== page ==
Long before Yathrib became known as the Prophet’s city, a worn and threatened community of Muslims sought the shelter of a Christian king in an African land. About a dozen migrants escaped swiftly under the cloak of night, embarking on trade vessels heading to Abyssinia for half a dinar. Leaving behind the hostile pursuit of the Meccan idolaters, they held firmly to the advice of Prophet Muhammad (peace and blessings be upon him) and believed his counsel: “If you travel to Ethiopia, it will be very profitable for you, because, on account of a mighty and just ruler”. Even when delegates demanded their return to Mecca, the King of Aksum, Ashama ibn Abjar, vowed to protect the followers of Islam and saw them as kindred souls, brethren in faith.
In the iconic scene from the film The Message, the Abyssinia ruler was reported to have said “The words of their Prophet and that which Prophet Jesus brought have emanated from one and the same source of light “. That very scene left an indelible imprint in my mind and captured the essence of the only two faiths I’ve ever intimately known, Christianity and Islam. In between those two religious peaks, I stumbled through the valleys of Judaism and Rastafarianism but always felt this strong connection to Abyssinia. Embedded in my Jamaican heritage was this consciousness of Ethiopia as the homeland but more recently I’ve rediscovered her as Islam’s first abode of peace.
Peering from the plane window, the aerial view of Ethiopia is mountainous and green with etched paths winding along the terrain. At a closer look, the fertile countryside seems more populated with livestock than people, some of which still reside in thatch-roofed huts, stone-brick homes, and zinc-roofed shacks. While cathedrals tower over the towns and island monasteries attract international visitors, an occasional minaret pierces the landscape with its star and crescent, atop green and white painted mosques. Like stars in a constellation, these small houses of worship point to the Ethiopia’s past and present history of Islam.
Ethiopia’s very first mosque sits atop a mountain in Negash, about an hour north of Makele in Tigray. From the bus depot in Makele, you see the Tigrinnya women distinctively draped in shawls with a crown of fine cornrow braids pulled back towards a bushel of full, wavy hair. Packed tightly into the mini-bus, we are later joined by Afar pastoralists who travel with walking staffs, flashing their broad smiles of glistening white teeth. Climbing northward into the cooler altitude, I wondered when we would reach Negash and how would we find the mosque. A kind woman beside me indicated our arrival and just beyond the marketplace where produce and wares are delicately laid on shawls beside livestock for sale, stood the mosque. After entering the courtyard, a kind man directed us to the prayer halls, in which we prayed, and later introduced us to Imam Muhammad, a kind soul who guided our visit with pristine classical Arabic learned in Medina many years prior.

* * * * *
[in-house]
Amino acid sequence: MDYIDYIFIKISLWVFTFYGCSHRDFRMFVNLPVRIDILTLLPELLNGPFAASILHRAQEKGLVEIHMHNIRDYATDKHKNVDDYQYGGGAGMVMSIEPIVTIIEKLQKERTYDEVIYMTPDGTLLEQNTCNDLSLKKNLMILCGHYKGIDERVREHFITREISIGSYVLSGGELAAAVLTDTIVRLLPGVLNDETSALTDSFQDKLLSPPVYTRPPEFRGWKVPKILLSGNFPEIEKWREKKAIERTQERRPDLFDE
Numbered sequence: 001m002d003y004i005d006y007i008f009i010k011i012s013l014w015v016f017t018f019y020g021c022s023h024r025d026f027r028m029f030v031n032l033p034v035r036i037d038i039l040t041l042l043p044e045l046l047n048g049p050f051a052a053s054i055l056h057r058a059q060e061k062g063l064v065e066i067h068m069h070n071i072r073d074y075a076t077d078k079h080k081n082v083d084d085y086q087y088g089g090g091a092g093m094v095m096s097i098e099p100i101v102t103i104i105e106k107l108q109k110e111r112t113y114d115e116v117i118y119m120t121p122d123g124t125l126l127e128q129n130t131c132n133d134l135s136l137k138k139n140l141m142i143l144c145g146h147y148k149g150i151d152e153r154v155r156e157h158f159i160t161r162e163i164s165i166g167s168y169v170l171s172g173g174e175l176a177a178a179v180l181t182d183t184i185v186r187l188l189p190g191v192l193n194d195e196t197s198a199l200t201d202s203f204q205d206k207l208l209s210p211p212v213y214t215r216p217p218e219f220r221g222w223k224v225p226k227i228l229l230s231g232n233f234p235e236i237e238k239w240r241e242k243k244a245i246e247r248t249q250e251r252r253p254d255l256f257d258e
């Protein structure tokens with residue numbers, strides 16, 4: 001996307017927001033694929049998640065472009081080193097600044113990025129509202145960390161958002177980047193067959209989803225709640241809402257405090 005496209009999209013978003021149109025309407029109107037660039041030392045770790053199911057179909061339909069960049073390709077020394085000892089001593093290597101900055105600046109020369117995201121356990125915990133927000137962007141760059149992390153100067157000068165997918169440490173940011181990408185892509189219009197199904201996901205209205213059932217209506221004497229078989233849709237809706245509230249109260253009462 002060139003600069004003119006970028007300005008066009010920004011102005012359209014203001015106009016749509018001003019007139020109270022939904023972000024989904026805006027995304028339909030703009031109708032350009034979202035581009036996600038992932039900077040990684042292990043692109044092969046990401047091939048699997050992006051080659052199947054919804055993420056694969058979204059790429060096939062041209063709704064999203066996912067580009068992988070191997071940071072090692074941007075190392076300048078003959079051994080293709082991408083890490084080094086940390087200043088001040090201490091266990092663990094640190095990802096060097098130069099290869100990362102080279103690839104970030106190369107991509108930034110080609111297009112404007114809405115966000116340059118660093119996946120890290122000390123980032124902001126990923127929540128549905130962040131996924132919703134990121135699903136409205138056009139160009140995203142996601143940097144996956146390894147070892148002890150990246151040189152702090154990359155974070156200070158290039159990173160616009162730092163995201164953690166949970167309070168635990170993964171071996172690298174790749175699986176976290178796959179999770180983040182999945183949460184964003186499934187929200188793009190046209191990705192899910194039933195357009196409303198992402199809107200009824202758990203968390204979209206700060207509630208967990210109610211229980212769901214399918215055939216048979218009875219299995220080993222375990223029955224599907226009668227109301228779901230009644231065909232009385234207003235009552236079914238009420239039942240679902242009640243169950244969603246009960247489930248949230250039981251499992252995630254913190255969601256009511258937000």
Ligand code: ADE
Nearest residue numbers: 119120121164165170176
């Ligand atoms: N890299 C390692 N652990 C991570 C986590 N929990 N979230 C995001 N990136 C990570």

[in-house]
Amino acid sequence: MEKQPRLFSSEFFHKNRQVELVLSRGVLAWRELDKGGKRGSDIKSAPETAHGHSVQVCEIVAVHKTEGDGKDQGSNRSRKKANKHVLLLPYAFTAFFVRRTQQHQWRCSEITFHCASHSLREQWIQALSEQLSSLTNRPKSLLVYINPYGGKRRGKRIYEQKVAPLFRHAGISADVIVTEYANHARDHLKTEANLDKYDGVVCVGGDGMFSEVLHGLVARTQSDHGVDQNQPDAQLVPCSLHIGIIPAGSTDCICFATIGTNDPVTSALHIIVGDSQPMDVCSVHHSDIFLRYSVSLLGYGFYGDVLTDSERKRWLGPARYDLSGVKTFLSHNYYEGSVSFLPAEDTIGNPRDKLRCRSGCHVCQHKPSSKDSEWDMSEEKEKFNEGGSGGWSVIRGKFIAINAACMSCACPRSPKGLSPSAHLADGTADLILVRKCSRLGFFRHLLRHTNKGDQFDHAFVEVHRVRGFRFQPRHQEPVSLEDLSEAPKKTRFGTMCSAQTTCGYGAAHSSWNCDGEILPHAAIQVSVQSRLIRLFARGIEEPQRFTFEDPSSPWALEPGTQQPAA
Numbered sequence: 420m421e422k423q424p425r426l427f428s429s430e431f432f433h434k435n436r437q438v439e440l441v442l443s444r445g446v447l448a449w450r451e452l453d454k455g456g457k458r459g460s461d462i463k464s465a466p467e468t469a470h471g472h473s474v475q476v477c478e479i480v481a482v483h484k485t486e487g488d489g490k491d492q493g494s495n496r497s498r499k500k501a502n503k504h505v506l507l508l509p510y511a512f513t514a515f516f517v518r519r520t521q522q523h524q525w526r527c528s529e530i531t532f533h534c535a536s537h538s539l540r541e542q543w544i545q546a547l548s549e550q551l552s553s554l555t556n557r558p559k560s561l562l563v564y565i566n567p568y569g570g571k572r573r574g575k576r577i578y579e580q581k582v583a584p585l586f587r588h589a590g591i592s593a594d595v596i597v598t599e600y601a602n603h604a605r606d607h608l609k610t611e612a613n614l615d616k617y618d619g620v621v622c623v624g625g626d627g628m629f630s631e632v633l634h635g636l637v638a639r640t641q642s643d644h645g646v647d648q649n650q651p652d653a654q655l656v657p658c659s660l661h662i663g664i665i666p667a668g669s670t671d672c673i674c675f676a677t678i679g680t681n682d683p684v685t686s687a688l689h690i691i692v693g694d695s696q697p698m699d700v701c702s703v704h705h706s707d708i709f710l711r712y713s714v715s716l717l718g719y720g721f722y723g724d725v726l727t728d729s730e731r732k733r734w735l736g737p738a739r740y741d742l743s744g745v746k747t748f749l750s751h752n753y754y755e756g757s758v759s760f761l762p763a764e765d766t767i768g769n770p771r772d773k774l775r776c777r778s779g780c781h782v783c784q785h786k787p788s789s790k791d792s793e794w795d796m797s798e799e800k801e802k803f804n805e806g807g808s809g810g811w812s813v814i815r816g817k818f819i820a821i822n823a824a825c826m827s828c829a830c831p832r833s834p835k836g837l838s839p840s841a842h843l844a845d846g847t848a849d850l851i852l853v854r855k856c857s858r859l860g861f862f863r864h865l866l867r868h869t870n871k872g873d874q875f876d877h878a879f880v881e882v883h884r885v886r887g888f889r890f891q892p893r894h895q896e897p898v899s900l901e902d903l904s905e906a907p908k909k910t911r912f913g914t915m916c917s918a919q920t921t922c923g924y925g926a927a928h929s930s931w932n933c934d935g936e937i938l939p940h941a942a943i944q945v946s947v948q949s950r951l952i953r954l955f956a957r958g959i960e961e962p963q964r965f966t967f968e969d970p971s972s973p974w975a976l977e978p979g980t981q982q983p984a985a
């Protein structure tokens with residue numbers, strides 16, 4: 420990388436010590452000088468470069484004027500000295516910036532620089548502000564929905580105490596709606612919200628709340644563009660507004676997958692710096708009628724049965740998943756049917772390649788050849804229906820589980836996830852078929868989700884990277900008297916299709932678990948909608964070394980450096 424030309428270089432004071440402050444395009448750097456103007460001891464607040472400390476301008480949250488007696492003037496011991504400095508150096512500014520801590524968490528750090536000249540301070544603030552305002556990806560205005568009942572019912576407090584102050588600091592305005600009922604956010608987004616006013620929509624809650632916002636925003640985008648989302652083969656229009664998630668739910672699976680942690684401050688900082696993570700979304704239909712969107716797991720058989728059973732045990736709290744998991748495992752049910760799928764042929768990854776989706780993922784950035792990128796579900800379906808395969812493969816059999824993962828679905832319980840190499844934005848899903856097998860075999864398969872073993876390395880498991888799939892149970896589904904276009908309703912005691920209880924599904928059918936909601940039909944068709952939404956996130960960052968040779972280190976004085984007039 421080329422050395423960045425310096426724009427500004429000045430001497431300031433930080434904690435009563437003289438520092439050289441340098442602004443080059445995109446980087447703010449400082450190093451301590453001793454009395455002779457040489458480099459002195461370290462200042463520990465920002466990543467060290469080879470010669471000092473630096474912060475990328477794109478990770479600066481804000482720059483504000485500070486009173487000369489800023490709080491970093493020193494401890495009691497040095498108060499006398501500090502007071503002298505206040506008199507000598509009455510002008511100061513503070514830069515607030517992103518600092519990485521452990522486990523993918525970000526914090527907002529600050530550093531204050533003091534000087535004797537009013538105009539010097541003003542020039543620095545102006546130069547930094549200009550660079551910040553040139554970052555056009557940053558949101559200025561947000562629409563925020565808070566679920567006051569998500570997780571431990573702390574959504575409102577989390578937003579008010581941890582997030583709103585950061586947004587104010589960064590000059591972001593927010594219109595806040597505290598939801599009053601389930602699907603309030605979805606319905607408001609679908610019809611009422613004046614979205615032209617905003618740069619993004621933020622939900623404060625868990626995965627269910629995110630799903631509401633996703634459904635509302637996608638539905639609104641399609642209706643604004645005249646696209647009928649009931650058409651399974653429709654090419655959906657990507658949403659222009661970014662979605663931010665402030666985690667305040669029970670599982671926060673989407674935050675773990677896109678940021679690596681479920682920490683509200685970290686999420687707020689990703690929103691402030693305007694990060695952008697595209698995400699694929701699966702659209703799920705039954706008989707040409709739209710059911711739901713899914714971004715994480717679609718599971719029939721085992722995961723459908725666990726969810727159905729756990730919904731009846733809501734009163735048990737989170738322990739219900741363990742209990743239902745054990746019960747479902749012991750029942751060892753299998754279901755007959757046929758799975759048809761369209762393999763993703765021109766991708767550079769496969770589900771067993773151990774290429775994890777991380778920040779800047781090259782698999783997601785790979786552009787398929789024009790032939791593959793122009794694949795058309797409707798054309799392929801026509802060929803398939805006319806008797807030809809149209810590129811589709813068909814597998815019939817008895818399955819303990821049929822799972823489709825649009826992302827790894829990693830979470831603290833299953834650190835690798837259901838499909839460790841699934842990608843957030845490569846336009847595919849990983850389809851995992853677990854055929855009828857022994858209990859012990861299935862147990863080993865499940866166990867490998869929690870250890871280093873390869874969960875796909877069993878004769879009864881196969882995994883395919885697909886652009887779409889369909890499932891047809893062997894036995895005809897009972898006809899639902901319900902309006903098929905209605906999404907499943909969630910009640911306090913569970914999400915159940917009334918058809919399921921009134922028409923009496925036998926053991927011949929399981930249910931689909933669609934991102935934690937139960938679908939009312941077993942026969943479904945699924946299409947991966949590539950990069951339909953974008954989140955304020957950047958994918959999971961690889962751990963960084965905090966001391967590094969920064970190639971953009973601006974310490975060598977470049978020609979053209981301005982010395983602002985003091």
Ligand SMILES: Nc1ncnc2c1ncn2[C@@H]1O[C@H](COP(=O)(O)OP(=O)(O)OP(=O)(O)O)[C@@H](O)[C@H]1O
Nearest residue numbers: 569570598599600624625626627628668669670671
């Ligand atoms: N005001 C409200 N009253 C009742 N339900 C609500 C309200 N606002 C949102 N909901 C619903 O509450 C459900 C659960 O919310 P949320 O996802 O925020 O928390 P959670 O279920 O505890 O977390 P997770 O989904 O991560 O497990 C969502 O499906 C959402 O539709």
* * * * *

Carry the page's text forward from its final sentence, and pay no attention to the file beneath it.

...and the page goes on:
A short walk behind the mosque took us to the cemetery where some of the early Meccan settlers were buried, alongside prominent Ethiopian scholars from the region. A further structure housed the grave of the former king, an-Najaashi, who according to Islamic tradition, embraced Islam and died as a Muslim evidenced by Prophet Muhammad’s (saws) funeral prayer in absentia on his behalf. The mausoleum is draped in a green cloth bearing Arabic calligraphy and a prayer for the deceased king. An elder caretaker of the mosque mumbled prayers and recited verses of the Qur’an while moving the tour fluidly through tales about the Companions and scholars buried there. After parting with our guides, we tiptoed through the marketplace once again, over chickens and potatoes, between goats and garlic, thinking about how the early Muslims braved the rugged terrain of northern Ethiopia: a new language, culture, and land to navigate for the sake and security of their faith.
The Ethiopia of today is much more than the subject of charity infomercials. She is stretching upward and outward. Alongside the commercial and economic development is a Muslim community that is seen, felt, and demanding to be heard. The early seeds of a few sincere refugees from Mecca have taken hold and are flourishing from urban centers to rural towns with Muslims accounting for nearly half of the population. At least seven Islamic dynasties have been documented in Ethiopian history. One of which is Harar, a recognized UNESCO World Heritage city since 2006. Much like the Ethiopian nursemaid, Umm Ayman, who nurtured Prophet Muhammad (peace and blessings be upon him) after the passing of his blessed mother, Ethiopia cared for the early Muslims when their motherland of Mecca abandoned them. In spite of the tumultuous times the country has faced, Islam has found a lasting abode in Ethiopia and hopefully will continue to thrive in the fertile and faithful land.
This article was originally published in Got Wudu magazine, Spring 2013 issue.